Alongside Australia’s fiscal deficit — currently estimated to be $184 billion by next year — the COVID-19 crisis has produced other equally profound deficits in our social and cultural institutions.
One that will be hard to fix is a large and growing governance deficit: governance, in the sense of the ways in which public policy is made and governments held to account for policy and delivery.
During the pandemic many institutional safeguards — cabinet, parliament, publication of government information — have been set aside.
Many have a long history, predating Australia’s nationhood, with origins in Westminster, European and American democratic thinking.
One of them is the idea of cabinet government. In the Westminster tradition, the prime minister is considered “first among equals”, not a supreme leader.
This tradition has been breaking down over recent years even in Westminster, with prime ministers in the UK, Canada and Australia increasingly adopting presidential-style approaches to governing on their own.
COVID-19 has not caused this trend — but it has accelerated it mightily. Cabinet is now almost a non-event in some states. Ministers other than, occasionally, a health minister or treasurer, are not engaged in decision-making on key policies for managing the pandemic.
You might say that’s fine — what would a transport, justice or agriculture minister know about how to handle COVID-19? This misses the key value of cabinet processes: they allow a diversity of views to be expressed, and can expose unanticipated flaws in policy.
The national cabinet exacerbates the problem. Premiers and chief ministers may have short notice about key papers to be discussed, and have to respond to propositions presented by the prime minister without extensive consultation. It promotes speedier decisions but leaves many voices unheard.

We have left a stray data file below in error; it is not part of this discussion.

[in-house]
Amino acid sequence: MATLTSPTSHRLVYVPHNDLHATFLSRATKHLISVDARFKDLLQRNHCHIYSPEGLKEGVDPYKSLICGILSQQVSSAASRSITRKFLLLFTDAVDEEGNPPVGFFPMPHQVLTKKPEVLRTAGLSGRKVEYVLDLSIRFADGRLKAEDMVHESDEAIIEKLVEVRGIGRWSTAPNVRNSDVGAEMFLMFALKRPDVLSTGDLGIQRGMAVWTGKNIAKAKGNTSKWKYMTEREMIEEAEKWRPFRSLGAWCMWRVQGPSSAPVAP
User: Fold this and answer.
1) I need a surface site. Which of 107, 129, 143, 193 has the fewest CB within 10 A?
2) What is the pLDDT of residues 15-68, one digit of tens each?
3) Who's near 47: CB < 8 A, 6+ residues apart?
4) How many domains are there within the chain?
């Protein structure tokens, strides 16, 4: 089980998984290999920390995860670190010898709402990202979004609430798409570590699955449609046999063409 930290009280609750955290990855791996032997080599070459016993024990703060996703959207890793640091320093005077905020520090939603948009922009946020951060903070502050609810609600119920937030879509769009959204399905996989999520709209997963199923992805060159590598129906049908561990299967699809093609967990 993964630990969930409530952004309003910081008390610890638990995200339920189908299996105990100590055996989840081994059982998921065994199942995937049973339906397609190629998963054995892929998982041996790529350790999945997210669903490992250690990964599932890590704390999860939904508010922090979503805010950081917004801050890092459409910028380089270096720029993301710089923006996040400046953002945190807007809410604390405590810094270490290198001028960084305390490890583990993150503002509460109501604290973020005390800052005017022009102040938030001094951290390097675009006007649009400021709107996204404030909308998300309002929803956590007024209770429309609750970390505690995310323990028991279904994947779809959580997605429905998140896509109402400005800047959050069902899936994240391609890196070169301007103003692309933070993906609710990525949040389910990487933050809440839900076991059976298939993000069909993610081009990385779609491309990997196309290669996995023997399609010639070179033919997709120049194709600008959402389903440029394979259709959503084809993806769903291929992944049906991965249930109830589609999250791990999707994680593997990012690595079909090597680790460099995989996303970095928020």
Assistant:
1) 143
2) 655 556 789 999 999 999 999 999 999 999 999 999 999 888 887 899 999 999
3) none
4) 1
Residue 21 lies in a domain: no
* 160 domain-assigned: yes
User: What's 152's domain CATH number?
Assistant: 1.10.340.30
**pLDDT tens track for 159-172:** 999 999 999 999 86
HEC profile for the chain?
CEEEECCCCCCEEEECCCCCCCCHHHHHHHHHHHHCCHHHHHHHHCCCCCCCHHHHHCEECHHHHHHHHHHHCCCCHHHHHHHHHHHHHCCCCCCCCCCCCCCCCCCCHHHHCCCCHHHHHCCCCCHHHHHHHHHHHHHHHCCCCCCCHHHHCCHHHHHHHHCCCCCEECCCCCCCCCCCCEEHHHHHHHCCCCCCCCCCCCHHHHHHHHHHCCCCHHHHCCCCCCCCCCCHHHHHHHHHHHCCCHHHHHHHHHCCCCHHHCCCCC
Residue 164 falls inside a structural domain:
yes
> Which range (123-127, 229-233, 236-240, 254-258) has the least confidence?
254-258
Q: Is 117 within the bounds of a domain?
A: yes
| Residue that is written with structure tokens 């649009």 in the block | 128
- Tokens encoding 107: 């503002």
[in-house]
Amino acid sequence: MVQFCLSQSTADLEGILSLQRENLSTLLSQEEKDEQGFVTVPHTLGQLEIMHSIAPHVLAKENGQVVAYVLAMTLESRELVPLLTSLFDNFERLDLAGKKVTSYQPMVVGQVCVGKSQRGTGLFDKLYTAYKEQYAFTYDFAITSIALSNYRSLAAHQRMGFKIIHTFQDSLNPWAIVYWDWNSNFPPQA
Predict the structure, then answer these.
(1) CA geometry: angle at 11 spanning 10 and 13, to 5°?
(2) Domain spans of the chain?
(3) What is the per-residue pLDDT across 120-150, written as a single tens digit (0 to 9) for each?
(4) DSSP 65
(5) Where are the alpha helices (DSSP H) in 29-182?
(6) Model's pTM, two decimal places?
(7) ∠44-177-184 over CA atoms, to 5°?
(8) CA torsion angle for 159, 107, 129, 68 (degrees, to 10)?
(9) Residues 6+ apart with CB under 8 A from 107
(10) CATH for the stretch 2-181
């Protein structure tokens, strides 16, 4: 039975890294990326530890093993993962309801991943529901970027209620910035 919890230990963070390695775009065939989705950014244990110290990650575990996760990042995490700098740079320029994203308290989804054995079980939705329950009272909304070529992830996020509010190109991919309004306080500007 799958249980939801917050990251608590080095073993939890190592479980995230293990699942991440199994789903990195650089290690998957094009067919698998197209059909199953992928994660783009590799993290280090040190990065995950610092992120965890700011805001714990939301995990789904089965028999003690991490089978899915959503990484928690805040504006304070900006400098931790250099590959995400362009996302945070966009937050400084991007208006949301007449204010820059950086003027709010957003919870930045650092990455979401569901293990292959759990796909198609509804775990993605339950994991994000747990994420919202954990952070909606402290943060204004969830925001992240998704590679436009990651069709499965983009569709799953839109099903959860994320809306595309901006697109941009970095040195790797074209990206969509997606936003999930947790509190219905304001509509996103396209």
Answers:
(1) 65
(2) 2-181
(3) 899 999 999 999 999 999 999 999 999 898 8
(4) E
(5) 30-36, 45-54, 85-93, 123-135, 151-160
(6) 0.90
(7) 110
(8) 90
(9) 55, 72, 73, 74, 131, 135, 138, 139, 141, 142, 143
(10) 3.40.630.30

The process also gives Scott Morrison as prime minister far greater control over setting the national policy agenda than previous prime ministers have enjoyed.
This again is merely the continuation of a decades-long trend of centralisation of power in the PM’s office, but greatly accelerated.
Other key governance institutions have been weakened. We now have a precedent that a virus outbreak is a good reason for the federal parliament not to sit, which means ministers are not held accountable through parliamentary processes.
Although parliament’s question time can often seem like bad theatrics verging on melodrama, every now and then a question will hit home and reveal genuine problems in public policy or administration. Governance is poorer without it.
The pandemic is not likely to lead to a constitutional coup in Australia — we are not that far gone — but it has happened in Hungary.
Suspending parliament is dangerous because it could be a precedent used to do the same in future emergencies, whether another pandemic, natural disasters or (most worrying) threats to national security.
The history of coups worldwide tells us that security threats, real or concocted, can allow an authoritarian leader to suspend democracy. “For the duration of the threat” has a habit of becoming permanent.
Crikey has been vigilant in exposing other institutional breakdowns — governments hiding information (as with the COVID Commission), turning a blind eye to conflicts of interest, now par for the course for government appointees.
These deficits are hard to overcome. If institutions offer ministers, public servants or government appointees power without accountability or transparency, only the most ethical amongst them will decline the offer. Once they acquire such power most will fight hard to retain it.
There are solutions.
One would be for the opposition to agree to parliament meeting by video link. Although not as effective as parliament meeting in person, it would surely be better than not meeting at all. While there are still some parliamentary inquiries underway, they are not a substitute for the ability of the parliament to put questions directly to ministers.
Another would be for the government itself to confirm that current arrangements are temporary, and commit to restoring parliamentary processes and greater transparency as soon as possible. A commitment to holding normal estimates hearings after the October budget would be a good move.
It may come under internal pressure to do so. There are Coalition figures concerned about erosion of democratic institutions. They are well aware that the arguments in Hayek’s The Road to Serfdom can apply equally to centralised conservative governments as to socialist systems.
Just as authoritarianism has both left- and right-wing adherents, anti-authoritarian sentiment could also arise in a bipartisan fashion among parliamentarians: if only they were allowed to meet and interact.